There also appears to be continuity between early attachment styles and the quality of later adult romantic relationships. This idea is based upon the internal working model where an infant’s primary attachment forms a model (template) for future relationships.

The internal working model influences a person’s expectation of later relationships thus affects his attitudes towards them. In other words there will be continuity between early attachment experiences and later relationships.

Adult relationships are likely to reflect early attachment style because the experience a person has with their caregiver in childhood would lead to the expectation of the same experiences in later relationships.

This is illustrated in Hazan and Shaver’s love quiz experiment. They conducted a study to collect information of participants’ early attachment styles and their attitudes towards loving relationships. They found that those who were securely attached as infants tended to have happy lasting relationships.

On the other hand, insecurely attached people found adult relationships more difficult, tended to divorce and believed love was rare. This supports the idea that childhood experiences have significant impact on people’s attitude toward later relationships.

The continuity hypothesies is accused of being reductionist because it assumes that people who are insecurely attached as infants would have poor quality adult relationships. This is not always the case. Researchers found plenty of people having happy relationships despite having insecure attachments. Therefore the theory might be an oversimplification.

Brennan and Shaver (1995) discovered that there was a strong association between one’s own attachment type and the romantic partner’s attachment type, suggesting that attachment style could impact one’s choice of partners.

To be more specific, the study found that a Secure adult was most likely to be paired with another secure adult, while it was least likely for an avoidant adult to be paired with a secure adult; when a secure adult did not pair with a secure partner, he or she was more likely to have an anxious-preoccupied partner instead.

Moreover, whenever an avoidant or anxious adult did not pair with a secure partner, he or she was more likely to end up with an avoidant partner; an anxious adult was very unlikely to be paired with another Anxious adult.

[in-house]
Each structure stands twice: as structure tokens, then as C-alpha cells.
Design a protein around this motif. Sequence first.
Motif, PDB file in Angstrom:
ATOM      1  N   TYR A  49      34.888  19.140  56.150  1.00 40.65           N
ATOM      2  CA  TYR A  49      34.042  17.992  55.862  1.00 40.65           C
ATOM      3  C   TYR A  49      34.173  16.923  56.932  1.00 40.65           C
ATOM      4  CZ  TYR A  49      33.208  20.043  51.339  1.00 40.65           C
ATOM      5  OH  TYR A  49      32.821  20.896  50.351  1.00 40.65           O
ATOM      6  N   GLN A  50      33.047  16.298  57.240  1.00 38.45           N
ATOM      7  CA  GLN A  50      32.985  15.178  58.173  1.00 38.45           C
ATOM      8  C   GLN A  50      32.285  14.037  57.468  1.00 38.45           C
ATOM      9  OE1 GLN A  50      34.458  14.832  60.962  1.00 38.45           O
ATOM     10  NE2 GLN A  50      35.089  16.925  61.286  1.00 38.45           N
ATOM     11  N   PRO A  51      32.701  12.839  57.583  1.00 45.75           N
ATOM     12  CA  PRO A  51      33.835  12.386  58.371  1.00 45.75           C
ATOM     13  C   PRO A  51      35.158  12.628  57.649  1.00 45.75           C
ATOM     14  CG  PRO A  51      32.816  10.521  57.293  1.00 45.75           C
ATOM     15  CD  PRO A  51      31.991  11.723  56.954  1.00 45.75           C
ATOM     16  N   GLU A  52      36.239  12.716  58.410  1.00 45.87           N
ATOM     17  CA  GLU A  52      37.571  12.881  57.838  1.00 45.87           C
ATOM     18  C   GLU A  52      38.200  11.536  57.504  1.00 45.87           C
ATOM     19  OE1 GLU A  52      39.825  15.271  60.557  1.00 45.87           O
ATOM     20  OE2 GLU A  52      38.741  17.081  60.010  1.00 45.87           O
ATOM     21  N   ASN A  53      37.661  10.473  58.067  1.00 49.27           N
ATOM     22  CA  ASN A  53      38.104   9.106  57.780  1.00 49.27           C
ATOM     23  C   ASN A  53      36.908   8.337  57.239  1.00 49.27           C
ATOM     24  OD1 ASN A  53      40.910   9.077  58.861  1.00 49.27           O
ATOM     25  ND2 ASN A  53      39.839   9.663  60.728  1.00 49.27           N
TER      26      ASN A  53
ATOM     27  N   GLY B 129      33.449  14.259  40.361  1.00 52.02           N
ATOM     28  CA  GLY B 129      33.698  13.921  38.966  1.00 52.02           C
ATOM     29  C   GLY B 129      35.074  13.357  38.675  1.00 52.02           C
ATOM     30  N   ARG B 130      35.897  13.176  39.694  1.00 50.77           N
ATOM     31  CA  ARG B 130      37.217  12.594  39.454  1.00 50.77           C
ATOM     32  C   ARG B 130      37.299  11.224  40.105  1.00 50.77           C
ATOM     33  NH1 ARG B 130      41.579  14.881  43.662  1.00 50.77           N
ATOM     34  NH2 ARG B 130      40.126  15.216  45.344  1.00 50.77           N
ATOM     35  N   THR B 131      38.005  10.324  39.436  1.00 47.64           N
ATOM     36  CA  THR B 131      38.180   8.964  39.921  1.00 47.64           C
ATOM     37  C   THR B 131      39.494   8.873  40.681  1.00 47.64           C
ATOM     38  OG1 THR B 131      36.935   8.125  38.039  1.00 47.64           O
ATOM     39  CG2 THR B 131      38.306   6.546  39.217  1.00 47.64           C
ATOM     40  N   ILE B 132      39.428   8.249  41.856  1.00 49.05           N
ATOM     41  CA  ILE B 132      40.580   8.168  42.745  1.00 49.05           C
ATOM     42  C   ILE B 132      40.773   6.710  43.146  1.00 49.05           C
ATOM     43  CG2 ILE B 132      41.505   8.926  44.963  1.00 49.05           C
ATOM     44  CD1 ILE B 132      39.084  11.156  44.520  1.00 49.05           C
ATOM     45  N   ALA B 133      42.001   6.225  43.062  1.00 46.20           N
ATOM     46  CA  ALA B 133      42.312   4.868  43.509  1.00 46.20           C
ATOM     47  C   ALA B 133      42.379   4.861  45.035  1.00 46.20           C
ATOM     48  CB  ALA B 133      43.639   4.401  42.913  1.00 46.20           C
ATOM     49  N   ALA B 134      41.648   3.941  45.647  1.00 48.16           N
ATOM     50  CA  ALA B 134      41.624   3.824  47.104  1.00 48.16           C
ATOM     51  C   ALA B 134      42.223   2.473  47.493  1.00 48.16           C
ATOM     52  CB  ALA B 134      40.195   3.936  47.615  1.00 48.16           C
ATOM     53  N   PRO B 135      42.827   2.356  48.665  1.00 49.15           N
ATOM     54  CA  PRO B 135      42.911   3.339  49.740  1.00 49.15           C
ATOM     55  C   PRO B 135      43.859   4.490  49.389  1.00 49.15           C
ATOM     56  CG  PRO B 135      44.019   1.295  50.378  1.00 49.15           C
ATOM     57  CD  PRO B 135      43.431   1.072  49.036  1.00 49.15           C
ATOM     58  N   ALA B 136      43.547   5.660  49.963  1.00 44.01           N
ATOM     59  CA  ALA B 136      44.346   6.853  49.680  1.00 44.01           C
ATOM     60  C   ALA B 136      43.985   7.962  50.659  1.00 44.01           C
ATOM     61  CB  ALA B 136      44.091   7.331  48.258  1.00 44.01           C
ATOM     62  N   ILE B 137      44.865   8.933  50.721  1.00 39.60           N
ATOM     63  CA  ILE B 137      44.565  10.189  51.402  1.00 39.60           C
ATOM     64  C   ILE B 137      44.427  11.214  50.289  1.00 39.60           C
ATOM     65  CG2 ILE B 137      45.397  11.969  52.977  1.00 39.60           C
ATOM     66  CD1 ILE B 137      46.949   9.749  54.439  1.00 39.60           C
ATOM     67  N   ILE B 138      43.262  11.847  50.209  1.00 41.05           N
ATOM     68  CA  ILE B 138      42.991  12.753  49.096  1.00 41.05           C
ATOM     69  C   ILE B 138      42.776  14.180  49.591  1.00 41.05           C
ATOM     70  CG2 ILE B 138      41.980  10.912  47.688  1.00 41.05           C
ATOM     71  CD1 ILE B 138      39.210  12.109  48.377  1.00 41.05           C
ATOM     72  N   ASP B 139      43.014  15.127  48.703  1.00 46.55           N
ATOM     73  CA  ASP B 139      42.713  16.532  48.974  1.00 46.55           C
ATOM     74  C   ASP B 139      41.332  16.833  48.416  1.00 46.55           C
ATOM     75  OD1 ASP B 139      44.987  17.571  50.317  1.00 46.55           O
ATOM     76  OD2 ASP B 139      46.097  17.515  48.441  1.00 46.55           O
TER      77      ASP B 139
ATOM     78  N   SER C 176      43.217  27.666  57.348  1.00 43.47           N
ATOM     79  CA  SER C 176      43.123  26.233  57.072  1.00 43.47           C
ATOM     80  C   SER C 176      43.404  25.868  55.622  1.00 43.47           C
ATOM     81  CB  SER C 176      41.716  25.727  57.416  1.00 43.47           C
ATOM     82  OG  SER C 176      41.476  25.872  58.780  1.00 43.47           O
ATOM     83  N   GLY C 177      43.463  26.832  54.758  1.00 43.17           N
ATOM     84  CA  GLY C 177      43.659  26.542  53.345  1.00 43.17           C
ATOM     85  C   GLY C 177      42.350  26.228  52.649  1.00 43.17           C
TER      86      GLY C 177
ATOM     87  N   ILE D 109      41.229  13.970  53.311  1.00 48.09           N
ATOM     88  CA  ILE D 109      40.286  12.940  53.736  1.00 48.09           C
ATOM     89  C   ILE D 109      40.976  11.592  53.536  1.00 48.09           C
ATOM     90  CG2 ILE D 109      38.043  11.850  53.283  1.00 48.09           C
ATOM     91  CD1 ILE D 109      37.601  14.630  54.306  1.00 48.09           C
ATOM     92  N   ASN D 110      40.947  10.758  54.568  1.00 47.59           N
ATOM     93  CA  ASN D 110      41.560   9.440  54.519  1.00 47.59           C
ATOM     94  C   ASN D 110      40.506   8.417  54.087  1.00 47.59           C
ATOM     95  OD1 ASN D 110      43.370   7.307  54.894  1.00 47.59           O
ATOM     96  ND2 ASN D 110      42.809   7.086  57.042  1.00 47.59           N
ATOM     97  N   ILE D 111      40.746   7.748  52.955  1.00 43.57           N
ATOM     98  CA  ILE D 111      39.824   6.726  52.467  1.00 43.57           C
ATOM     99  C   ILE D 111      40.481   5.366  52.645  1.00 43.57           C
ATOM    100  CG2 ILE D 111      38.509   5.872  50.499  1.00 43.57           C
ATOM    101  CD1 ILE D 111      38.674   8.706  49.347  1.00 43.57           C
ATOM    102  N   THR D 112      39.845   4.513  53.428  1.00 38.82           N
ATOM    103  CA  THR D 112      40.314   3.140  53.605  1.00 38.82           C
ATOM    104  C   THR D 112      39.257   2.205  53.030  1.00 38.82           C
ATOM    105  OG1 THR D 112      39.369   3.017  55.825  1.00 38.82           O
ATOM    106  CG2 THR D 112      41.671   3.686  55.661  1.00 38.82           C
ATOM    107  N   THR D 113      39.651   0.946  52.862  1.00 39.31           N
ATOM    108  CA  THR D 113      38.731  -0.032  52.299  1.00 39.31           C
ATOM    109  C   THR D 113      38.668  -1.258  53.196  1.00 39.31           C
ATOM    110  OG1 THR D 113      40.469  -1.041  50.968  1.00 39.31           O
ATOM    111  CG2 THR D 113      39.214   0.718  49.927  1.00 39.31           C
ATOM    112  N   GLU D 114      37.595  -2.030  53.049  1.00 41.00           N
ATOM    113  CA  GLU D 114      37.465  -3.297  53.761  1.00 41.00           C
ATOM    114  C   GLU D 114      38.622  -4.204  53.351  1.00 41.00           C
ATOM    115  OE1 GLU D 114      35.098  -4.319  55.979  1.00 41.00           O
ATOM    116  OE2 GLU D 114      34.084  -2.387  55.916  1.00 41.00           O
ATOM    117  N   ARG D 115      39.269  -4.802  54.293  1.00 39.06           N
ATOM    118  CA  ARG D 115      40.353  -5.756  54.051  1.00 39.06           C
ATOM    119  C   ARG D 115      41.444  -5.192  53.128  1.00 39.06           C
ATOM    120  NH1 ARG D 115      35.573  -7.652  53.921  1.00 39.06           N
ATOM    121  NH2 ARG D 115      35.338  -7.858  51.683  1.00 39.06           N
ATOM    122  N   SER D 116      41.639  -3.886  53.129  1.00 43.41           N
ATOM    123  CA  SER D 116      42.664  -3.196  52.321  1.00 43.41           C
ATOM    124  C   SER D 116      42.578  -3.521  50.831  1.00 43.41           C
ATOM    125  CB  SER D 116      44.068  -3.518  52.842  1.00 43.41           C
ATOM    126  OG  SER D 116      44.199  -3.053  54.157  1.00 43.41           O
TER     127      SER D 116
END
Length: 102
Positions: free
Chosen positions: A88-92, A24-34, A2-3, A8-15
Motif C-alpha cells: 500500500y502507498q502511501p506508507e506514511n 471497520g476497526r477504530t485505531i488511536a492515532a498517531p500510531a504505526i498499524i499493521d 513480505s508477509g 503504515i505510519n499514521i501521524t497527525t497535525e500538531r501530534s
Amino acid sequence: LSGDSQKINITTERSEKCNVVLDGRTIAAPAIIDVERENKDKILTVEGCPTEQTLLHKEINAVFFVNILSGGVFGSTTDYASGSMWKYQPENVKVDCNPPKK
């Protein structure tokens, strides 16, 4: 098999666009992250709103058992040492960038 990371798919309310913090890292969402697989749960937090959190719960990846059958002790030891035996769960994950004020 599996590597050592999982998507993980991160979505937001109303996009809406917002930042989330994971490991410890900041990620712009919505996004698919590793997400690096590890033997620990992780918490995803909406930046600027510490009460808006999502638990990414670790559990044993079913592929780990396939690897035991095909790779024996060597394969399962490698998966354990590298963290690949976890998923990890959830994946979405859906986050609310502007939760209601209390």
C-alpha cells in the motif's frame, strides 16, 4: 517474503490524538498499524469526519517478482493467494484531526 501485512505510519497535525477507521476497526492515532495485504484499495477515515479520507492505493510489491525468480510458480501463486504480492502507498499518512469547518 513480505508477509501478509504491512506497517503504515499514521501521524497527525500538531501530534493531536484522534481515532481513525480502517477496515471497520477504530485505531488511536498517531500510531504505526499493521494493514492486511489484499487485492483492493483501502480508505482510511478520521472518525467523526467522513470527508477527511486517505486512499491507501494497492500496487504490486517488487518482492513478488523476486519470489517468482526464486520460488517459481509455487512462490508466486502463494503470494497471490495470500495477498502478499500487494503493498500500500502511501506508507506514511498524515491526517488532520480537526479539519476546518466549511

Adult attachment style also impacts how one behaves in romantic relationships (jealousy, trust, proximity-seeking, etc.) and how long these relationships can last, as discussed in earlier paragraphs about Hazar and Shaver (1987)’s findings.

These are in turns related to overall relationship satisfaction. Brennan and Shaver (1995) found that inclining towards a Secure attachment type was positively correlated with one’s relationship satisfaction, whereas being either more avoidant or anxious was negatively associated with one’s relationship satisfaction.

In terms of attachment-related behaviors within relationships, being inclined to seek proximity and trust others were both positively correlated with one’s relationship satisfaction.

Being self-reliant, ambivalent, jealous, clingy, easily frustrated towards one’s partner, or insecure in general were all negatively correlated with one’s relationship satisfaction.

The attachment style and related behaviors of one’s partners were also found to impact one’s relationship satisfaction. Not surprisingly, having a Secure partner increased one’s relationship satisfaction.

However, an Avoidant partner was the only type of partner that seemed to contribute negatively towards one’s relationship satisfaction, while an Anxious partner had no significant impact in this aspect.

The partner’s inclination to seek proximity and trust others increased one’s satisfaction, while one’s partner’s ambivalence and frustration towards oneself decreased one’s satisfaction.


Critical Evaluation

It must be kept in mind that one may exhibit different attachment styles in different relationships.

A study conducted on young adults revealed that participants possessed distinct attachment patterns for different relationship types (parent-participant, friendship, and romantic relationship) and did not experience one “general attachment orientation,” except for some overlap in anxiety experienced in both friendship and romantic relationships (Caron et al., 2012).